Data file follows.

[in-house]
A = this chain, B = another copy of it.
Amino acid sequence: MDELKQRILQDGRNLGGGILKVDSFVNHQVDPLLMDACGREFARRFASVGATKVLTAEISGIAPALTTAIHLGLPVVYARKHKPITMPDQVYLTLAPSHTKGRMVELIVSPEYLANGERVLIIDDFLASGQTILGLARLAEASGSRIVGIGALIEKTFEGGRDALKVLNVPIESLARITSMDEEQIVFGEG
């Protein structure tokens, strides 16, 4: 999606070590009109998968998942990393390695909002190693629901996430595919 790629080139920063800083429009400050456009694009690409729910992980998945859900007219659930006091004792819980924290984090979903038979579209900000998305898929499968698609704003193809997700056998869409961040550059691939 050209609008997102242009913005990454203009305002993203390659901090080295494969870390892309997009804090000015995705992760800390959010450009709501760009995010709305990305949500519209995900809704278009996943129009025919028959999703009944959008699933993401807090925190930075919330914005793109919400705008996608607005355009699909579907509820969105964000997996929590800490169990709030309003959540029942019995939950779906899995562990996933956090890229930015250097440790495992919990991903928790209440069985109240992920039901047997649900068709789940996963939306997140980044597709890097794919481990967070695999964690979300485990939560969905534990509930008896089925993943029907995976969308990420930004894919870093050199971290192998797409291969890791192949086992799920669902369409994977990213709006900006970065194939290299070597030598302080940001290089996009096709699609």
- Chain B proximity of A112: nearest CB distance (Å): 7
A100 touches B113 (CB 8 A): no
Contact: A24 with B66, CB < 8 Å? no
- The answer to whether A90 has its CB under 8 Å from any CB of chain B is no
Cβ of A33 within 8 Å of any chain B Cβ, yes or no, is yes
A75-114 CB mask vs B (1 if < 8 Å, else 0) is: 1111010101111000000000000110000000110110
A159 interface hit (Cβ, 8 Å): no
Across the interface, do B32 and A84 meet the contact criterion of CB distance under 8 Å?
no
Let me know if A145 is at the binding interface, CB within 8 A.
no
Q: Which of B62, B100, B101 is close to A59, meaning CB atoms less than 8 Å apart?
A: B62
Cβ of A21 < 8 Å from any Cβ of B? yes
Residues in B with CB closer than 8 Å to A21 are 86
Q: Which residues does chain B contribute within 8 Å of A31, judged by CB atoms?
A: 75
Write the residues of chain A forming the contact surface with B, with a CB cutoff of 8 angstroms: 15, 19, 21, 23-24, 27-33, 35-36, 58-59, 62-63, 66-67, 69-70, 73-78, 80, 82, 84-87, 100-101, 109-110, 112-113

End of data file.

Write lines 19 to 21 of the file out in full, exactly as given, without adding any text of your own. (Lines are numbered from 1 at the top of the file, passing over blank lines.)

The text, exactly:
Residues in B with CB closer than 8 Å to A21 are 86
Q: Which residues does chain B contribute within 8 Å of A31, judged by CB atoms?
A: 75